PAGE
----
That said, I’m a big believer in ‘you do you’, in the most positive way possible of understanding that ambiguous sentence. Each to their own. Someone’s 30 minute parkrun is going to be their crowning glory for the year, and that’s the way it should be. We’re all different.

The following morning, I popped up around 11.30 to see the grand finale. The small group that had set out nearly twenty-four hours ago had dwindled down to two: Aoife Mundow and Susan Morrissey. Aoife is the Irish 24-hour record holder, and even though she had just set a new 100 mile record and had planned to call it a day at that point, soldiered on until the end, even though she knew she could not beat her own record. The digital clock ticked over from 23.59:59 to show the full ‘day’ had elapsed, and John O’Regan (himself a legend in distance running), blew the whistle, and the two ladies could finally bring their own great adventure to a conclusion.

I had been chatting to Tom, a running mate from Leixlip, at the early stages of this event. At that point in the day, he was toying with the idea of the doing the 9pm marathon, though he knew he’d murdered by his missus if he even mentioned the idea. Discretion. Valour. You know the drill.

Anyway, he turned to me, nodded towards the runners, and asked me would I tempted to try the 24-hour run, and I just looked at him, shook my head gently and laughed. “Of course I would!”, I replied.

Here’s the link for an official review of the day.


I should probably mention, in the midst of all that running, we played our gig in the Salmon Leap Inn. It went very well, by all accounts. I find it hard to judge sometimes, because I can be in great form and having a fun time myself on the guitar, but that doesn’t necessarily mean the audience is feeling the love. Conversely, the opposite is also true. But Saoirse is a great critic (in the positive sense), and reckoned it sounded great, so I will take that.

Here’s a gag, with a few pics of the night. Apologies to Ciaran, the drummer, who didn’t make the cut 😉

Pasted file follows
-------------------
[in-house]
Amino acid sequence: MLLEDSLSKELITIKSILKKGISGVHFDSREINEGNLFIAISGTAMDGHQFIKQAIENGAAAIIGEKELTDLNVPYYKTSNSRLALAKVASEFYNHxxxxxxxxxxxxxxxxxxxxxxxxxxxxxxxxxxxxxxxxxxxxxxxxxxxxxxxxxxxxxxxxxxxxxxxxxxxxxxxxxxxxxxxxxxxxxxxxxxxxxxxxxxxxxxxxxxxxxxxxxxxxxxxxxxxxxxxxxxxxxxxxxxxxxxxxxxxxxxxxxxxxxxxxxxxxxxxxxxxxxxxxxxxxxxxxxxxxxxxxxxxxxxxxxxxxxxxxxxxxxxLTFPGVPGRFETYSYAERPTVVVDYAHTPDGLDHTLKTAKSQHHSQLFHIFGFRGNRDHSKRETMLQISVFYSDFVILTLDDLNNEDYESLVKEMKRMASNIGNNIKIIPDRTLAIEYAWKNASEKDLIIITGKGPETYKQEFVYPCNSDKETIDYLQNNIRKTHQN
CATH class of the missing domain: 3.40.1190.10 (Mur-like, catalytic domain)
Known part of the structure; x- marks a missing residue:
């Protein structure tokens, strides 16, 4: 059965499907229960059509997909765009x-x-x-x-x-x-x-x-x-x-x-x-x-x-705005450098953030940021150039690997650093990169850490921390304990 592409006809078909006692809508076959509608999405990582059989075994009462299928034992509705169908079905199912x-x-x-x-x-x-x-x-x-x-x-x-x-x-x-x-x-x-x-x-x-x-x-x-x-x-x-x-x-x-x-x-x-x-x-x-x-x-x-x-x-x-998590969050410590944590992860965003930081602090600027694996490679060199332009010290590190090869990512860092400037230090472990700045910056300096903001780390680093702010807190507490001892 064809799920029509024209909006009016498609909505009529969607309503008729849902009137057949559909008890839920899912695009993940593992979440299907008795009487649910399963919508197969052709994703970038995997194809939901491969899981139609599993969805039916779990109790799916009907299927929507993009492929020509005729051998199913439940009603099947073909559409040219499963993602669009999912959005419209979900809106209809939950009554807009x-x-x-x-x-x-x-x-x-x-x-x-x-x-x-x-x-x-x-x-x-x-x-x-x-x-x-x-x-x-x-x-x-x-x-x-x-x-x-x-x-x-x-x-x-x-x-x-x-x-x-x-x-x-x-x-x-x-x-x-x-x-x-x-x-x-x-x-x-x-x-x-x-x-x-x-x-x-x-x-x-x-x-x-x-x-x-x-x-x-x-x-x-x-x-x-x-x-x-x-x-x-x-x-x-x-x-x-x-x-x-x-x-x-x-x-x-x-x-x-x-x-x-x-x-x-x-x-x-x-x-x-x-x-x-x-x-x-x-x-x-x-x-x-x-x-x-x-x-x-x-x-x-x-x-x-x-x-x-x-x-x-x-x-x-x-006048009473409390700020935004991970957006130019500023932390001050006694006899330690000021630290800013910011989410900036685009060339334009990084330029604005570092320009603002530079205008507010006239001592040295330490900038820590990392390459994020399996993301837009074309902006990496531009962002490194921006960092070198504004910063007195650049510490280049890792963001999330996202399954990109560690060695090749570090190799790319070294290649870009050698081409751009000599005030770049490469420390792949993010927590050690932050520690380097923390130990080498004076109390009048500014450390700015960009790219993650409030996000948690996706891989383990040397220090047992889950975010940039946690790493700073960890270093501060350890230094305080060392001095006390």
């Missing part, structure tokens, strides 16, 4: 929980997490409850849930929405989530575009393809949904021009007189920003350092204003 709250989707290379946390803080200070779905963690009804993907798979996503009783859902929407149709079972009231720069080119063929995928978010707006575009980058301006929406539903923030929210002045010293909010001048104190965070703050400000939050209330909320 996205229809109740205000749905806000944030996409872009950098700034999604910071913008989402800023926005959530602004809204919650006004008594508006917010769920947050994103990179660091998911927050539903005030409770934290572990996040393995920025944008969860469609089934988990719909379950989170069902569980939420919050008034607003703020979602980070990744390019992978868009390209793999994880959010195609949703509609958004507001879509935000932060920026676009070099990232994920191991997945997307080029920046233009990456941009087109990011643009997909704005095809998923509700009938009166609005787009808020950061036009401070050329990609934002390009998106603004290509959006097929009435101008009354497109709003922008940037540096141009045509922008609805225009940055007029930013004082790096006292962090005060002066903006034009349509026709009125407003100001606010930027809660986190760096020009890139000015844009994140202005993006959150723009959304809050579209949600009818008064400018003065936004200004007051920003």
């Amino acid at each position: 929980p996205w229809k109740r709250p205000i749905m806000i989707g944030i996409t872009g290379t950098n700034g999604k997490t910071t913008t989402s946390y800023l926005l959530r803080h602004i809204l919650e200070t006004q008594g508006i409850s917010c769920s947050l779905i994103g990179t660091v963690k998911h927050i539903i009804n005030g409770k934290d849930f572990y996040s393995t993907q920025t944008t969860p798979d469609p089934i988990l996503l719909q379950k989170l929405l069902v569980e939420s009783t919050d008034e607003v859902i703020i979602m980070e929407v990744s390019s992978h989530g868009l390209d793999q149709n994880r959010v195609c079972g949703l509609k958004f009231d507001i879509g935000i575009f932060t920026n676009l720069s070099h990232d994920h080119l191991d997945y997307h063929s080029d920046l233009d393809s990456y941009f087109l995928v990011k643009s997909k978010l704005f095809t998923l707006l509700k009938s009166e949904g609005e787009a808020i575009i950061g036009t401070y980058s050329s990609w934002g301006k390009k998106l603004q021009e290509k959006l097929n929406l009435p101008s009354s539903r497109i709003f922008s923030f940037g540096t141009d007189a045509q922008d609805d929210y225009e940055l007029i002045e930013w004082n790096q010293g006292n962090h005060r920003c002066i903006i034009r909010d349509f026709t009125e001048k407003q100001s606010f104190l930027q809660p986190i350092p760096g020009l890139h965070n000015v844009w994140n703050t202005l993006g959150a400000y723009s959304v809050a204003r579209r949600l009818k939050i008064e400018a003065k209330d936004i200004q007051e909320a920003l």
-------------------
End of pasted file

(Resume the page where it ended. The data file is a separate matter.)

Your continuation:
I’ve had a few days now to reflect on the marathon last Friday. After any of these forays into the unknown, you will, if you are being honest with yourself, pick through the bones of the thing and see what went well, and what didn’t, and how you could improve.

From a runners perspective, in no particular order:

– the route selection was a good one, even though there were some road crossings. There is no single stretch of the canal’s 90 odd miles that has a clean 26 mile-run without crossings. There are bridges at regular intervals, and some allow you to go under, but others don’t, so you must ramp up and down, and cross whatever road is in your way.

– the route overall had a small negative elevation, which again is a rarity on marathon routes. Most ‘big city’ marathons are a loop of sorts, so you start and finish in more or less the same place, so your overall elevation is zero. Some are hillier than others, of course. Some are famously flat, like Berlin.

– It’s a canal, so the overall elevation is pretty much zero anyway. (See above). Or, in layman’s terms, it’s flat!

– Having Gary alongside at all times was an absolute luxury. A one-man motivational machine, handing out the fuel and interesting heritage gems in equal measure. Documenting the event on GoPro with additional commentary. Highly recommended!

– Speaking of fuel, my strategy on fuelling was quite simple, but seemed to work. I used High 5 Aqua Gels. Every half an hour, a gel. It was to be plain, plain, caffeine, then repeat. That would get me three hours in, at which point I usually don’t bother with gels as the stomach has had enough. As it happened, I managed five in total, but I had a bottle of Tailwind on the bike as a back up and this was a nice lemon-flavoured break from the fruity gels.

– Piddle breaks: I like to stay hydrated, and it would not be unusual for me to stop and pee at least three times during a long run. But on this gig, I needed to cut down on unnecessary stoppages. My one cup of tea at about 7am that morning was my only liquid intake before the run. And indeed, I did only have one short whizz halfway through the marathon (and you will be delighted to hear that you can still move forwards whilst doing so, albeit in a sideways motion, and no, it wasn’t captured on GoPro… well, leastways, I don’t believe so… I haven’t reviewed the footage yet!)